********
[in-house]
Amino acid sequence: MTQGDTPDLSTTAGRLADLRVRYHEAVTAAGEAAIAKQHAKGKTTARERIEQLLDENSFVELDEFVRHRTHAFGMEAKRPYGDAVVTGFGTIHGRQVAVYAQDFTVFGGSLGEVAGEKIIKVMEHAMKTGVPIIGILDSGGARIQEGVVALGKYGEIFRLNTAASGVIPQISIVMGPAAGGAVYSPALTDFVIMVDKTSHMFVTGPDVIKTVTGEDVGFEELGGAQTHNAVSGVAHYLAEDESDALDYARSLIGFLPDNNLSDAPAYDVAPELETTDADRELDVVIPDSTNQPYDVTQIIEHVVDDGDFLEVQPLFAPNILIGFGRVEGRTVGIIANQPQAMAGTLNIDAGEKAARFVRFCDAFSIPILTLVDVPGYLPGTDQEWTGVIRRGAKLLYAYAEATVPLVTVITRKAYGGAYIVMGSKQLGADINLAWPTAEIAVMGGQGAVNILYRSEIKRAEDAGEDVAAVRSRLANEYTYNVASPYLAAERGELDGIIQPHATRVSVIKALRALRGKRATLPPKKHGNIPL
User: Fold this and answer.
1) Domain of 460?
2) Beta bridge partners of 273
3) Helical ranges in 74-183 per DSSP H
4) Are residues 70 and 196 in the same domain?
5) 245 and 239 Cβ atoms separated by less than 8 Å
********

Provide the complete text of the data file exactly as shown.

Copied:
[in-house]
Amino acid sequence: MTQGDTPDLSTTAGRLADLRVRYHEAVTAAGEAAIAKQHAKGKTTARERIEQLLDENSFVELDEFVRHRTHAFGMEAKRPYGDAVVTGFGTIHGRQVAVYAQDFTVFGGSLGEVAGEKIIKVMEHAMKTGVPIIGILDSGGARIQEGVVALGKYGEIFRLNTAASGVIPQISIVMGPAAGGAVYSPALTDFVIMVDKTSHMFVTGPDVIKTVTGEDVGFEELGGAQTHNAVSGVAHYLAEDESDALDYARSLIGFLPDNNLSDAPAYDVAPELETTDADRELDVVIPDSTNQPYDVTQIIEHVVDDGDFLEVQPLFAPNILIGFGRVEGRTVGIIANQPQAMAGTLNIDAGEKAARFVRFCDAFSIPILTLVDVPGYLPGTDQEWTGVIRRGAKLLYAYAEATVPLVTVITRKAYGGAYIVMGSKQLGADINLAWPTAEIAVMGGQGAVNILYRSEIKRAEDAGEDVAAVRSRLANEYTYNVASPYLAAERGELDGIIQPHATRVSVIKALRALRGKRATLPPKKHGNIPL
User: Fold this and answer.
1) Domain of 460?
2) Beta bridge partners of 273
3) Helical ranges in 74-183 per DSSP H
4) Are residues 70 and 196 in the same domain?
5) 245 and 239 Cβ atoms separated by less than 8 Å